A history of Yorkshire puddings — and why traditionalists say it’s not a Christmas dinner staple

Christmas dinner is considered by many to be the best meal of the year, and yet when it comes to deciding what this meal should consist of, people’s opinions often differ.

For some, there will never be a centerpiece that can replace the turkey, although often there are additional meats included, such as roast ham, beef or pork, alongside roast potatoes, Brussels sprouts, pigs in blankets, bread sauce and stuffing. And of course, there are those who are vegetarian or vegan and prefer a nut roast.

Then there’s the Yorkshire pudding. For some, a must-have on Christmas day, while for other more traditionalists, it seems a Yorkshire pudding should go nowhere near a Christmas dinner.

To understand the origins of the Yorkshire pudding Christmas dinner debate, we need to turn the clock back to the time when the original pudding was first created.

The origin story

Prior to being given the prefix of Yorkshire in 1747 in the bestselling cookbook “The Art of Cookery Made Plain and Simple” by English cookery writer Hannah Glasse, a Yorkshire Pudding was simply known as a “batter” or “dripping pudding.”

The original serving of the Yorkshire pudding was as an appetizer to a main meal, usually with gravy. This was because it would fill you up, meaning you wouldn’t eat as much meat, which was expensive. It was originally cooked in northern England over a fire with the meat roasting above it. The fats and juices from the meat would drip into the pudding and provide flavor and color.

Traditionally, the word “pudding” referred to homely and rustic desserts that were commonly eaten by the lower classes. These could be either sweet or salty. Pudding dishes are mainly made with flour and have a cake-like consistency. Other savory puddings include steak and kidney pudding and suet pudding.

The Yorkshire Pudding is a baked pudding made from a batter of eggs, flour and milk or water. It has become a common British side dish, which is versatile and can be served in many different ways — although mainly recognized as an accompaniment to a roast dinner. Yorkshire puddings were originally made by tipping the batter into the fat around the roasting meat but progressed over the years to be given their own square dish.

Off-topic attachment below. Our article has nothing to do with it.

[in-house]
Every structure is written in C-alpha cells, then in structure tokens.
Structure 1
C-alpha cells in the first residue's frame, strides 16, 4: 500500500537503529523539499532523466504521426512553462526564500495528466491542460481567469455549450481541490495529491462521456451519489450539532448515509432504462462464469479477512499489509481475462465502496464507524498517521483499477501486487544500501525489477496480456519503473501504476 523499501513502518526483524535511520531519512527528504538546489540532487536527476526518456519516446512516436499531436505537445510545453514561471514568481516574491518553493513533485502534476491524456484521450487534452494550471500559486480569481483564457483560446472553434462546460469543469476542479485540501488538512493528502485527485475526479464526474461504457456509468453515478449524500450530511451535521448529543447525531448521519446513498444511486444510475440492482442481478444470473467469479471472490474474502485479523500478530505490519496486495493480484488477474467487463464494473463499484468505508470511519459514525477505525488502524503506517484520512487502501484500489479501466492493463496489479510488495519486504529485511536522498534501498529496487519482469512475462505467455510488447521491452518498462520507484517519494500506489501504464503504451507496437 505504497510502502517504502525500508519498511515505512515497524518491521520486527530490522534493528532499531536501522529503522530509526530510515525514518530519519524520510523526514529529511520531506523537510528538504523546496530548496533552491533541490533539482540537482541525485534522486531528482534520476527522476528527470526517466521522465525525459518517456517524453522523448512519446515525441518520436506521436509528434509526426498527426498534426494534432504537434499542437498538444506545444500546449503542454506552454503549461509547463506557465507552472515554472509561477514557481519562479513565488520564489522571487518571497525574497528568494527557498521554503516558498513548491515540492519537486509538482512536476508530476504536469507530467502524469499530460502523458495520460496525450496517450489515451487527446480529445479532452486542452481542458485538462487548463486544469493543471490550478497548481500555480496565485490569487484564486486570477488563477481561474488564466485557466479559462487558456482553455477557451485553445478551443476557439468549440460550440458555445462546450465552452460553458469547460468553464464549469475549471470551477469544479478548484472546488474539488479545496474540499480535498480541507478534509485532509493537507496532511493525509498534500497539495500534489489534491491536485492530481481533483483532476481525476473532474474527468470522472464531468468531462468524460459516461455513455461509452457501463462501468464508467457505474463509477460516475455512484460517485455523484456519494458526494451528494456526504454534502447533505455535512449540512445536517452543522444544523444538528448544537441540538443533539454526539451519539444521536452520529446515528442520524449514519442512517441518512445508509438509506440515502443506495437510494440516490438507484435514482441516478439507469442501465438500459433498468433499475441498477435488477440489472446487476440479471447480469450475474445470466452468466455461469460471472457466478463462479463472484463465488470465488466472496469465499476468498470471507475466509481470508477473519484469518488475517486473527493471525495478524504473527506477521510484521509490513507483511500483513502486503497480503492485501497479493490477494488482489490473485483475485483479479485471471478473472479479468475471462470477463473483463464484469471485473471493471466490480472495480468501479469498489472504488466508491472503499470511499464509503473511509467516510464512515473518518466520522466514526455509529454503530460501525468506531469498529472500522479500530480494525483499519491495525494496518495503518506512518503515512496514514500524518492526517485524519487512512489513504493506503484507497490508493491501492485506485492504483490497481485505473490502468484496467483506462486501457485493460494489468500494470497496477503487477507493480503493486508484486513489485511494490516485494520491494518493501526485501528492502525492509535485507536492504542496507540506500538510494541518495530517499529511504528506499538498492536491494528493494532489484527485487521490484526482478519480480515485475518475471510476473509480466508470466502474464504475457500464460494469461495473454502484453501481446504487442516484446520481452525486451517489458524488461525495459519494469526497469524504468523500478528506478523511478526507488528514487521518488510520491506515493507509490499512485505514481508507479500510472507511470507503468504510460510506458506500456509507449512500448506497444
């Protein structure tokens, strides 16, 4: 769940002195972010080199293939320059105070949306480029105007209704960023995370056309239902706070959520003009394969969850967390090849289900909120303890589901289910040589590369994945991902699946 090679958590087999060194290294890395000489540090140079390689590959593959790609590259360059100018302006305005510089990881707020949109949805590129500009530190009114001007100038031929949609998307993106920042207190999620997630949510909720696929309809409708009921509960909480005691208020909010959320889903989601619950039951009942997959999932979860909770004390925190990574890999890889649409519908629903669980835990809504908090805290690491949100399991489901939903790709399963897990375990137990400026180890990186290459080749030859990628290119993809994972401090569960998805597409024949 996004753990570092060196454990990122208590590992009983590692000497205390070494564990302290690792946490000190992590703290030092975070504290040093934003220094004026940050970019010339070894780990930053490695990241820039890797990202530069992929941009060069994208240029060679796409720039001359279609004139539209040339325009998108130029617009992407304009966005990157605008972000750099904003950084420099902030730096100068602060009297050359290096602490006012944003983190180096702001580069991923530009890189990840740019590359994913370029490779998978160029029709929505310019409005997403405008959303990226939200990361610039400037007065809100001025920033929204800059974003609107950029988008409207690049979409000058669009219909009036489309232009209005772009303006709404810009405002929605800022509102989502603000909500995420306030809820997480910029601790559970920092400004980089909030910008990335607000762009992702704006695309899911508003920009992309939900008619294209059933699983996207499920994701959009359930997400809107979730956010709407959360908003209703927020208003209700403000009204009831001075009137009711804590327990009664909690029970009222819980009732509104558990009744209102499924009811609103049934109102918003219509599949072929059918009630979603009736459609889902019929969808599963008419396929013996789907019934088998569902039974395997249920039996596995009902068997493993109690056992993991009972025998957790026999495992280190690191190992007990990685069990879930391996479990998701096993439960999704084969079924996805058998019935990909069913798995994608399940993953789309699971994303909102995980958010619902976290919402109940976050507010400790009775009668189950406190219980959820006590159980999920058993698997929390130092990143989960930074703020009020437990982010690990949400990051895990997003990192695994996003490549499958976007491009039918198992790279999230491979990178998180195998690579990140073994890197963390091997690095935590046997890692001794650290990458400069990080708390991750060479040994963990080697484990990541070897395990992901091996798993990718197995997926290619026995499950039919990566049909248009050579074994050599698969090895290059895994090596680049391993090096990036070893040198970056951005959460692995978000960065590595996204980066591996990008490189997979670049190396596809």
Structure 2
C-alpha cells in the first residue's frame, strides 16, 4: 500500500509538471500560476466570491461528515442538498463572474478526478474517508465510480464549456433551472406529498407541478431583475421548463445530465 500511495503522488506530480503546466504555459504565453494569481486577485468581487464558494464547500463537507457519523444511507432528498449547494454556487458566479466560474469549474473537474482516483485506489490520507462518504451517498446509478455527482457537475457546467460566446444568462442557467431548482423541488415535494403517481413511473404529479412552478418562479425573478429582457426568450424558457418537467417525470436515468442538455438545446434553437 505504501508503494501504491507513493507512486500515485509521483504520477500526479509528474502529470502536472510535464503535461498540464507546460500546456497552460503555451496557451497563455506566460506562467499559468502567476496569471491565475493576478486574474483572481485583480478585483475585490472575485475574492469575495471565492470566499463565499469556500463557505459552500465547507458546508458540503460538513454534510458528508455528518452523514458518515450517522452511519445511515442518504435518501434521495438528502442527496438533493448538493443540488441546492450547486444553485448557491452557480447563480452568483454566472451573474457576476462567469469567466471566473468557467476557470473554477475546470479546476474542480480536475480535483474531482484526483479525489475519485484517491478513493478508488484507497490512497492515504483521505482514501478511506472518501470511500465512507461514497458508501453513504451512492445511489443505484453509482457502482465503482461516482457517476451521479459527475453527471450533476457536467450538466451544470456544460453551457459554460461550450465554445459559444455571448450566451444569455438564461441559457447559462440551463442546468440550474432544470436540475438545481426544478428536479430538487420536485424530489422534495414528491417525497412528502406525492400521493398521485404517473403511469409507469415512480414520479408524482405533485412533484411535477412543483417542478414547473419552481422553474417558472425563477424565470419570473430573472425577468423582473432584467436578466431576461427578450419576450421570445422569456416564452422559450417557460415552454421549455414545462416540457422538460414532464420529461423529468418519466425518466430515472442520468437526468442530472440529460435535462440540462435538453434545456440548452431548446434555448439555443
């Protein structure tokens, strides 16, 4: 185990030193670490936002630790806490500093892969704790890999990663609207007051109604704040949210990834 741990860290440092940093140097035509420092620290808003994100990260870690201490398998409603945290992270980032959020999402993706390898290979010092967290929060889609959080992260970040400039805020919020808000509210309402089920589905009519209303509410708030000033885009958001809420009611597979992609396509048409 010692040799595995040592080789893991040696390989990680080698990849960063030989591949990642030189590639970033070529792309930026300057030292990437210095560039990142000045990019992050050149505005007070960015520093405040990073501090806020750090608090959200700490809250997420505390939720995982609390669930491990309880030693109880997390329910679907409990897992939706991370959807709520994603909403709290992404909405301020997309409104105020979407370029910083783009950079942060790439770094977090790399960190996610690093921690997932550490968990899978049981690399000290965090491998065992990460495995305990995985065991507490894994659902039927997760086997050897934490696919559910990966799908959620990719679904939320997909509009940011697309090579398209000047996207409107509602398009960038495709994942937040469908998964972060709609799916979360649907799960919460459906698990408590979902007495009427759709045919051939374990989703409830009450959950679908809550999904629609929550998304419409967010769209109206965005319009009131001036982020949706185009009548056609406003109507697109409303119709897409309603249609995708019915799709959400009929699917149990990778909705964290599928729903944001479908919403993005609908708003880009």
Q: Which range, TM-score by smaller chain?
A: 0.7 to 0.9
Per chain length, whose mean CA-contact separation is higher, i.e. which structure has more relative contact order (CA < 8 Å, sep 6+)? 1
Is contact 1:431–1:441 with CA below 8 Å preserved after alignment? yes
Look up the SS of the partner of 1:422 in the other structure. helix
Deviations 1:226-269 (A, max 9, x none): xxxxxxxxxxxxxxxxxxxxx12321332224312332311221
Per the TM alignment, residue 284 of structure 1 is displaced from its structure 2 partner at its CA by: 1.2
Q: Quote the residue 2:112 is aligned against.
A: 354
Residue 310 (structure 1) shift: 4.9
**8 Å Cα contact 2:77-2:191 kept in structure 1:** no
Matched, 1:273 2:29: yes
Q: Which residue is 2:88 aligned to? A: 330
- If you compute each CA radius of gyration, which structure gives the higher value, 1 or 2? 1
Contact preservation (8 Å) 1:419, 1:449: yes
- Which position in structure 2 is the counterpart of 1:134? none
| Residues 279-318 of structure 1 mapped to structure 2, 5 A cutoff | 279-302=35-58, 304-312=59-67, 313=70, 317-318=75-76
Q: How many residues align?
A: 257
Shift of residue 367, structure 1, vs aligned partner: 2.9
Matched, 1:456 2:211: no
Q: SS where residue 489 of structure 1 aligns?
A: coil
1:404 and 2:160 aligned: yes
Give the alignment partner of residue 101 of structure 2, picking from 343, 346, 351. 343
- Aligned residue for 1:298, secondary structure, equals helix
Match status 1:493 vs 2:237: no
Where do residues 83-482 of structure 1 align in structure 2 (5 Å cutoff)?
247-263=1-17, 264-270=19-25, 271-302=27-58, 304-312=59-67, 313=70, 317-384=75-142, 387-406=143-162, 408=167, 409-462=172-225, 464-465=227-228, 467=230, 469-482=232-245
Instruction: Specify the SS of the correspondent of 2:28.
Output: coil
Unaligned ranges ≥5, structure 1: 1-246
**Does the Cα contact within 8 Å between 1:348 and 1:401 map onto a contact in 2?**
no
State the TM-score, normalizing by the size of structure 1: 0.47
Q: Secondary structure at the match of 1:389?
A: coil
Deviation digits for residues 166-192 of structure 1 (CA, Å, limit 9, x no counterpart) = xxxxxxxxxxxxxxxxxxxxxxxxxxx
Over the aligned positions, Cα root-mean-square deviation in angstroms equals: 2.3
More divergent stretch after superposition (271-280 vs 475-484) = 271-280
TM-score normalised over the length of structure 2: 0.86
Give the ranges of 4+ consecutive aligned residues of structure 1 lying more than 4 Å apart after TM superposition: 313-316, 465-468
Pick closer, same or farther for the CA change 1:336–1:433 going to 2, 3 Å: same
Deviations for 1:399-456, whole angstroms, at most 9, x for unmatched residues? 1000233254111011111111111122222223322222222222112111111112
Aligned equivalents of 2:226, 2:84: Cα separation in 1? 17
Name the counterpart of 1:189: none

The smaller circular puddings we are more familiar with today date back to Hannah Glasse’s original recipe, in which spoonfuls of batter were dropped into fat surrounding the meat — and often referred to as Yorkshire puffs.

It has been suggested the pudding was given the name “Yorkshire” due to the region’s association with coal and the high temperatures this produced that helped to make crispy batter.

Healthy or pure indulgence?

When you look at the individual ingredients that make up a Yorkshire pudding, they are quite healthy. But the way they are cooked is another matter.

Eggs, for example, are considered one of the most nutritious foods on the planet and contain protein, vitamins B2, B6, B12, zinc, iron and selenium. Milk is also nutrient-rich in both protein and fat along with calcium, while flour can provide you with micronutrients. For example, one cup of flour includes one gram of thiamin (vitamin B1), which is 85% of your recommended daily intake.

Traditionally, Yorkshire Puddings are cooked in fat or dripping. A small amount of fat is essential in our diets, as it’s a source of essential fatty acids, which the body cannot make itself. But too much fat can lead to weight gain.

Vegetable oils, such as sunflower, can also be used as they reach very high temperatures. There has also been debate as to whether olive oil can be used; however, as long as it’s a good quality, true olive oil, it’s fine.

Recipes and ideas

As well as being a roast dinner side dish, these humble puddings are ideal for a cheap and filling family supper. The batter can be turned into puffy pizza bases, fluffy wraps and impressive toad in the holes.

It would also appear that Yorkshire pudding-style dishes are now eaten all over the world. Japan serves them with anything from cheese to jam and with soup. The popover is the U.S. version of the Yorkshire pudding, which dates back to 1850, while Germany and the Netherlands make Dutch Babies, which is a flat Yorkshire pudding with berries and sugar on top.

Back to the original debate then — should we or should we not have a Yorkie with our Christmas dinner? If you are a strict traditionalist, then technically you should steer clear. It’s unlikely that Yorkshire puddings were included in the first traditional Christmas dinners because they had not yet been invented. Though it should also be noted that neither would one have expected to see pigs in blankets on an early Christmas dinner plate. Despite often being considered a Christmas staple, they’ve only been around since the 1950s.

So I would say, why not include the Yorkshire pudding, food trends are always changing and modernizing. Indeed, Christmas dinner dates back to medieval times and has been evolving ever since.

You could even dress these puddings up for the Christmas table — Yorkshire Pudding canapes anyone? While any leftover batter could also be used to make a toad in the hole with turkey and gravy — or even topped with cranberries and ice cream — it is Christmas after all.

Hazel Flight, Programme Lead Nutrition and Health, Edge Hill University

This article is republished from The Conversation under a Creative Commons license.

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